Back on the circuit
Al Gore is riding the interview circuit again, peddling his latest book. The Assault on Reason, directed at a wider target than the current execrable administration, sounds terrific.
Last night, on Charlie Rose, Gore was both passionate and articulate with such force that you had to wonder yet again what Gore '07 might've been able to do in 2000 (when he won by a half million votes, of course) or 2004. At a minimum, he might've put up a more strenuous fight over the Florida recount rather than quickly ceding the field (and the election) to the likes of James Baker, Katherine Harris and the Supremes.
It seems clear enough, for now, that Gore would be the strongest in the current field of hypercautious Democrats. But "strongest" doesn't necessarily mean "electable," given the baggage that Gore has to carry—quite unfairly, for the most part. Still, he's the only candidate in either party who comes across as what we once called "presidential," back when that was a compliment.
He seemed to leave the door open, just a crack, to running if the right conditions develop—like if Clinton or Obama self-destruct or get dismembered by the proverbial vast right-wing conspiracy. A Gore candidacy, of course, would invigorate the hyenas who have never stopped circling him. But, for now, no one else inspires much confidence that he or she is up to the job.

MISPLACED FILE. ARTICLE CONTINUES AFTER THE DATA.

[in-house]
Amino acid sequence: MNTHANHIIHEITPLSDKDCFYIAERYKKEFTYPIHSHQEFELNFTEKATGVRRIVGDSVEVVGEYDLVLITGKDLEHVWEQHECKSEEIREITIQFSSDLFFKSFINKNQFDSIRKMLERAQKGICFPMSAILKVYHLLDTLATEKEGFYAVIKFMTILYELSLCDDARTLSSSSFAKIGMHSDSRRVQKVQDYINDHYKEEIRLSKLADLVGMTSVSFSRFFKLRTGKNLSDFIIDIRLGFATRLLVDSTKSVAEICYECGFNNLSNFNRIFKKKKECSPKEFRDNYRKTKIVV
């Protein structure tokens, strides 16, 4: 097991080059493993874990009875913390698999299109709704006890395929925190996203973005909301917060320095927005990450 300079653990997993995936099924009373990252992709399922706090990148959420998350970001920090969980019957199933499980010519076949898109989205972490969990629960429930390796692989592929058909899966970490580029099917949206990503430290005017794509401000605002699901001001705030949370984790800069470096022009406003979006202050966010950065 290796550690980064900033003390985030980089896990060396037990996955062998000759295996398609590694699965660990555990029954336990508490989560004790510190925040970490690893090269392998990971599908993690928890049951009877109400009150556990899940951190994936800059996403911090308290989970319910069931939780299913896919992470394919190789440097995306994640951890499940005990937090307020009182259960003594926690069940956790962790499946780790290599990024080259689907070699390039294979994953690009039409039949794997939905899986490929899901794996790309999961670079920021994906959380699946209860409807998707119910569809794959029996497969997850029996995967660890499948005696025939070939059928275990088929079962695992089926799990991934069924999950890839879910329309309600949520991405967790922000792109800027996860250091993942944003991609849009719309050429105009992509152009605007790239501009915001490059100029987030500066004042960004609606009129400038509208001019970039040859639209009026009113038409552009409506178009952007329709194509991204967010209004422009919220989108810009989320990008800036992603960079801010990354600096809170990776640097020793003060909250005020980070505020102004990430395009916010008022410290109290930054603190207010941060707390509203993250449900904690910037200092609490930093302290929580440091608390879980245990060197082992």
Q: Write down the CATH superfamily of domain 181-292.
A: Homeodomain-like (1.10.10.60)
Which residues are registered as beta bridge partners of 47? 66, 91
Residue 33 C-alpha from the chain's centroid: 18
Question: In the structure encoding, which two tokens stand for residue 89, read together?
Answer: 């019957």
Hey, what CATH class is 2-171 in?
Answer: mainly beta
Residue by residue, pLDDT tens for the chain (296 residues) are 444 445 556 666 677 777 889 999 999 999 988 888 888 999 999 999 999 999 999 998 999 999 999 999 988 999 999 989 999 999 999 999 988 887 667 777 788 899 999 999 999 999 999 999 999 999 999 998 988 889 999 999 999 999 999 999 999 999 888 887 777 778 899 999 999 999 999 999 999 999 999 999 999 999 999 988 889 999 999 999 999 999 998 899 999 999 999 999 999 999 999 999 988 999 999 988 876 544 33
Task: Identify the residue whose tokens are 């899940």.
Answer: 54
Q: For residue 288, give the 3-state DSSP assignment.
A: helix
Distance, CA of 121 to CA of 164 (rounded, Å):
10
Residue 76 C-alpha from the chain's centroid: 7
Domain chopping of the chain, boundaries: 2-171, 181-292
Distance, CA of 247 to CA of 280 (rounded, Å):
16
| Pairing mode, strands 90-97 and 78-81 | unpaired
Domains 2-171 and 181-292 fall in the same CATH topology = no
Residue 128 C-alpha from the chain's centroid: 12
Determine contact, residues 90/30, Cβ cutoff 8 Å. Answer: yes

As for Charlie Rose, he and Terry Gross of NPR's Fresh Air still do the best in-depth interviews in the U.S. media. Though I'm a dedicated viewer of The Daily Show and the Colbert Report, their interviews are simply too short—and too facetious, by design—to address complex issues. And Colbert's interviews are, hilariously, as much about Colbert as they are about his guests.
No subject is too obscure for Charlie Rose's show, and it lasts a full hour, so there's both depth and breadth. But he has an irritating tendency to interrupt responses that promise to be interesting, and he seems to think he has to give progressive guests a hard time to pre-empt conservative critics who otherwise might accuse him of lacking "balance." This tendency remains widespread among journalists (especially on PBS/NPR) who still overreact to conservative challenges. For the most part, though, Rose tends to be obsequious, sometimes to the point of fawning, towards his celebrity guests. Still, it's consistently the best interview show on television.
Guillermo del Toro
Speaking of Fresh Air, Terry Gross offers an outstanding interview (available via podcast) with Guillermo del Toro, the Mexican writer-director whose Pan's Labyrinth won four Academy Awards this year. The mythical dimensions of this film run far deeper than were apparent to me after just one viewing. Del Toro is impressively articulate and entertaining, and Pan is on my short list of the best films of the last five years.
"The Lives of Others" (2006)
This German film (Das Leben der Anderen), directed by Florian Henckel von Donnersmarck, has been playing to full houses here in Portland for the last six months or more. If you haven't seen it yet, and it's still in local theaters, don't miss it. It deserves comparison with my other German favorites such as Mephisto (1981) and Downfall (2004), along with such classics as Wim Wenders' Wings of Desire (1987) and The American Friend (1977). Like the comic Goodbye Lenin (2003), it's set in East Berlin during the last years of communist rule. Great acting, directing and cinematography throughout. Oddly reverberates on this side of the Atlantic after six grim years of George Bush.
PHOTO: Al Gore (Wikipedia Commons, 2006)